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This essay is about Object Relations. Object relation theory is a school of thought in psychology which posits that it is more beneficial to the patient to redirect the patient’s focus on behavior inwardly rather than focusing on environmental or outside reasons for behavior.

Object relation theory is a school of thought in psychology which posits that it is more beneficial to the patient to redirect the patient’s focus on behavior inwardly rather than focusing on environmental or outside reasons for behavior.  The patient focuses on his or her behavior and in the treatment situation, a “good object” is provided for the patient in the person of the therapist who will be internalized and thus mitigate or repair deficits in the self-structure from inadequate early parenting (Buckley, 1994).  In object relations terms a good object gradually replaces the bad object, i.e. the good influence of the therapist will gradually help the patient to dissociate from their destructive tendencies.

Heinz Kohut (1971) conceived of this as occurring through the therapist allowing the “mirroring” transfer to flower, by not interpreting the patient’s aggression in the early phases of treatment and moving to a more interpretive posture only after a good internal self-object had been internalized and replaced the degraded and deficient self object.  “Kohut’s clinical and theoretical system of self psychology is based on conceptions of deficit and restoration in the patient rather than on conflict and its resolution” (Buckley, 1994).  In this way, the patient is encouraged to address the conflicts within the self and to resolve those conflicts via a reflective and self-dissecting method.  In this way, the internalization of the conflict results in the patient’s learning to handle conflicts without resorting to the previous self destructive tendencies.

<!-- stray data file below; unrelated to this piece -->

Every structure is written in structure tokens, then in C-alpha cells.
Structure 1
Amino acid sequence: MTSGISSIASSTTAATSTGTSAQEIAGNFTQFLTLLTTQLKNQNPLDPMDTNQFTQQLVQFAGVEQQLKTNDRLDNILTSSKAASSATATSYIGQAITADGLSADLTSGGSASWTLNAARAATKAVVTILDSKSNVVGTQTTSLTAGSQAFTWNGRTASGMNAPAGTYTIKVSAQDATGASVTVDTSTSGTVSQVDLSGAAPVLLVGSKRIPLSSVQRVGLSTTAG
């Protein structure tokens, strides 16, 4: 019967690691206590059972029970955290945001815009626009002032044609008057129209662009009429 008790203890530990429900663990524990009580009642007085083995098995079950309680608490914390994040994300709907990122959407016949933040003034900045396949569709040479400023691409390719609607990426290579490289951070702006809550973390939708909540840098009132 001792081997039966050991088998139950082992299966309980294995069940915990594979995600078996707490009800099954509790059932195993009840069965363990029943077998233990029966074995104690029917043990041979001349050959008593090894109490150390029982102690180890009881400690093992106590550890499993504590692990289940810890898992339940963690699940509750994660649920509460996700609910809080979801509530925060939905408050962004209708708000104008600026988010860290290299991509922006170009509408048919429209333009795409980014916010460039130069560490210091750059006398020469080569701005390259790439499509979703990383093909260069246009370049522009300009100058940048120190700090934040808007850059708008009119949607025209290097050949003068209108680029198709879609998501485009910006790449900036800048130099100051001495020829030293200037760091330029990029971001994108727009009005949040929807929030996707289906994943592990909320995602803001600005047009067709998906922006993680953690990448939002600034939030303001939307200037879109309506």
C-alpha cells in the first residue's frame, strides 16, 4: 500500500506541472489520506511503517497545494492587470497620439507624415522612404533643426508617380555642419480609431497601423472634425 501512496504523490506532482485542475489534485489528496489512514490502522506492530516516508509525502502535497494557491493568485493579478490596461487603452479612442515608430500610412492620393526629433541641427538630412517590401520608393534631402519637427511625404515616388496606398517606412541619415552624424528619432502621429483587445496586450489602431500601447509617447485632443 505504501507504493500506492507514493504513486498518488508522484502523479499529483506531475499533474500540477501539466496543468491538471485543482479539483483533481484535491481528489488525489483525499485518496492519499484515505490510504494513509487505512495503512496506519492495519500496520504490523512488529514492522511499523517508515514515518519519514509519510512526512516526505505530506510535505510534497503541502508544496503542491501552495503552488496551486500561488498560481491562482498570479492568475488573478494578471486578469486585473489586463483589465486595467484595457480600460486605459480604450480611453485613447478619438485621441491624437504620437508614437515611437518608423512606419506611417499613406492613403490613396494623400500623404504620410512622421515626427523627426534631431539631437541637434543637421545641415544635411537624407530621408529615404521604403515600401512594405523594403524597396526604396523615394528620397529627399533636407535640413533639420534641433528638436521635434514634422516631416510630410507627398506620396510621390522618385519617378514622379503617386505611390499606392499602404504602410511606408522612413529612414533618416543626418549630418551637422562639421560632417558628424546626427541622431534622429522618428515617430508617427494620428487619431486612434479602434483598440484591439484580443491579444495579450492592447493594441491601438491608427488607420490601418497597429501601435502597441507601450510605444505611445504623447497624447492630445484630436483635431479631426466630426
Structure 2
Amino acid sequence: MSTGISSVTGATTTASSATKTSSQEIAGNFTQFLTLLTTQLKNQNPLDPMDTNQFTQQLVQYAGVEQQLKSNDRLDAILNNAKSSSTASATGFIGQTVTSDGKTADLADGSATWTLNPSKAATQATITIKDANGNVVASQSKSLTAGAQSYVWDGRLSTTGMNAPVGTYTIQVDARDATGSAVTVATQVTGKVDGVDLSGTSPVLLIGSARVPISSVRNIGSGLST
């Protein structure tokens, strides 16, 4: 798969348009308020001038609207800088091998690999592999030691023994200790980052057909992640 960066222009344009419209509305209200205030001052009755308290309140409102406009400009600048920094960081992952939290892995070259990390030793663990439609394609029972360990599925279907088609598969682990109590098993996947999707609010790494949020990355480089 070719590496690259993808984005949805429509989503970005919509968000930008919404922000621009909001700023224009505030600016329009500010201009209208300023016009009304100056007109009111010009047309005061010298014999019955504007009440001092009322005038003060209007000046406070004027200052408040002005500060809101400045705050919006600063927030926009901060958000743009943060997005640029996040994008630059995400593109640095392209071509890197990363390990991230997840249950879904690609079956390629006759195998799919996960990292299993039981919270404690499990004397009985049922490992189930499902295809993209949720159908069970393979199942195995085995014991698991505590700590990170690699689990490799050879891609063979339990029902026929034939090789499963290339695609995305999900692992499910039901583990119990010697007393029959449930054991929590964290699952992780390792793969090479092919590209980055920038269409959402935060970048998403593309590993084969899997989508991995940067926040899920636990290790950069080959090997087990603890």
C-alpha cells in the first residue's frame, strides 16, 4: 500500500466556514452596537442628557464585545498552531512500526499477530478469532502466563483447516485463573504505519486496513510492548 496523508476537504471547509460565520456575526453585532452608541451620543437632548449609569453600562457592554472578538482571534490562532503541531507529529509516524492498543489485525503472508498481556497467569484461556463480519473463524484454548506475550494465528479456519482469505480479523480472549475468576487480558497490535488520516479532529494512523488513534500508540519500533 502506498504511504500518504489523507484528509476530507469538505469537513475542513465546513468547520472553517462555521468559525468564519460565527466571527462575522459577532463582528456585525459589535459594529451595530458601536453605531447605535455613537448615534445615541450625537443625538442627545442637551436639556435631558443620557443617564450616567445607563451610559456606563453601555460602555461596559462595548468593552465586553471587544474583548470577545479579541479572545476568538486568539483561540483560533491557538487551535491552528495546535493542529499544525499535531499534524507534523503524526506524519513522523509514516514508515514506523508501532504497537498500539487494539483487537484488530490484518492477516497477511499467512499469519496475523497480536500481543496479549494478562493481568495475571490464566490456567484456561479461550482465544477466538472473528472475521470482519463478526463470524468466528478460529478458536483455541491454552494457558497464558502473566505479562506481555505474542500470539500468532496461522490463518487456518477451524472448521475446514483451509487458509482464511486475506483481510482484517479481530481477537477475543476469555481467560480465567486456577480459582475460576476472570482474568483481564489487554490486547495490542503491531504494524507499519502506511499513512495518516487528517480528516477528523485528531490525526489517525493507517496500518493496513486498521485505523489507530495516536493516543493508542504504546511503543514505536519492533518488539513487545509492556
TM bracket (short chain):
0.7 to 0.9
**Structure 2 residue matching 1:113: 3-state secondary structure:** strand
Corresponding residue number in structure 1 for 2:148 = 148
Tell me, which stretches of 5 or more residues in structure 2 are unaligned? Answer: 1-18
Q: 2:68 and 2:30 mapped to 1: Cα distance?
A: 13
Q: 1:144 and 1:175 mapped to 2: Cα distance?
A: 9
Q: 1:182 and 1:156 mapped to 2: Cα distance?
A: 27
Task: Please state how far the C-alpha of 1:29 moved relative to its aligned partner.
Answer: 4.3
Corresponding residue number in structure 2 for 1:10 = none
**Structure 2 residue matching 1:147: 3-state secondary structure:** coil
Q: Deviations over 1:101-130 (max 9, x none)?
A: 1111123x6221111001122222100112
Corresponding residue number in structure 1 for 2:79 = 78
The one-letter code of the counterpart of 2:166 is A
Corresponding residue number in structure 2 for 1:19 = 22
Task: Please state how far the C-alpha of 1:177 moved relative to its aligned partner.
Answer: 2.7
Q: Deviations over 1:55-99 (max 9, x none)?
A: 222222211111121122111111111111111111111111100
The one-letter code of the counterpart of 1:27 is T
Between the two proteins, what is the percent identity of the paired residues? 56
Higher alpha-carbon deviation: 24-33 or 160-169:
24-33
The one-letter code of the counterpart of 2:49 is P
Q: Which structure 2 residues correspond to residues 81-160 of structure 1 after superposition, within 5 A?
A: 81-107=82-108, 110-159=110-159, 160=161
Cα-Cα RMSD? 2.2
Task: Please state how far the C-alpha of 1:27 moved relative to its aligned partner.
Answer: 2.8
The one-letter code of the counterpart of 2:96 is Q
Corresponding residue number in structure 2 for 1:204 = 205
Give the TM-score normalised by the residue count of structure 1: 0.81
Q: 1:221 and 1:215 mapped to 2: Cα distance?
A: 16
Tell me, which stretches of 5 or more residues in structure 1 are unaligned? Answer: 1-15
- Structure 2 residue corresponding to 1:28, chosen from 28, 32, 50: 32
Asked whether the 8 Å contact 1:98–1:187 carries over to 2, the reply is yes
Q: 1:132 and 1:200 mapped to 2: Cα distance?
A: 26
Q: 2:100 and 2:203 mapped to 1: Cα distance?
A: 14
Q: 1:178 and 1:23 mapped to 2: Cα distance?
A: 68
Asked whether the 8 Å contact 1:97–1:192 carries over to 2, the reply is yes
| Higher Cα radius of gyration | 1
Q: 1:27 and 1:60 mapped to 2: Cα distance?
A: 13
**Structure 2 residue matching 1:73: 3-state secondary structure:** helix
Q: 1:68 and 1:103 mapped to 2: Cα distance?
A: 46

Ronald Fairbairn defines human development in terms of the changing nature of object-relationships.  As an infant matures, his relationship to objects undergoes a process “whereby infantile dependence upon the object gradually gives place to mature dependence upon the object” (Fairbairn, 1952, p. 52).  For example, when answering the question why does a baby suck its thumb, Fairbairn responds that the infant does this because there is no breast to suck (Oberlechner, 2002).  The infant replaces the lacking object, the breast, with its own thumb in order to fulfill its own needs; thumb sucking then is utilized as a technique to deal with an unsatisfactory object relationship (Oberlechner, 2002).

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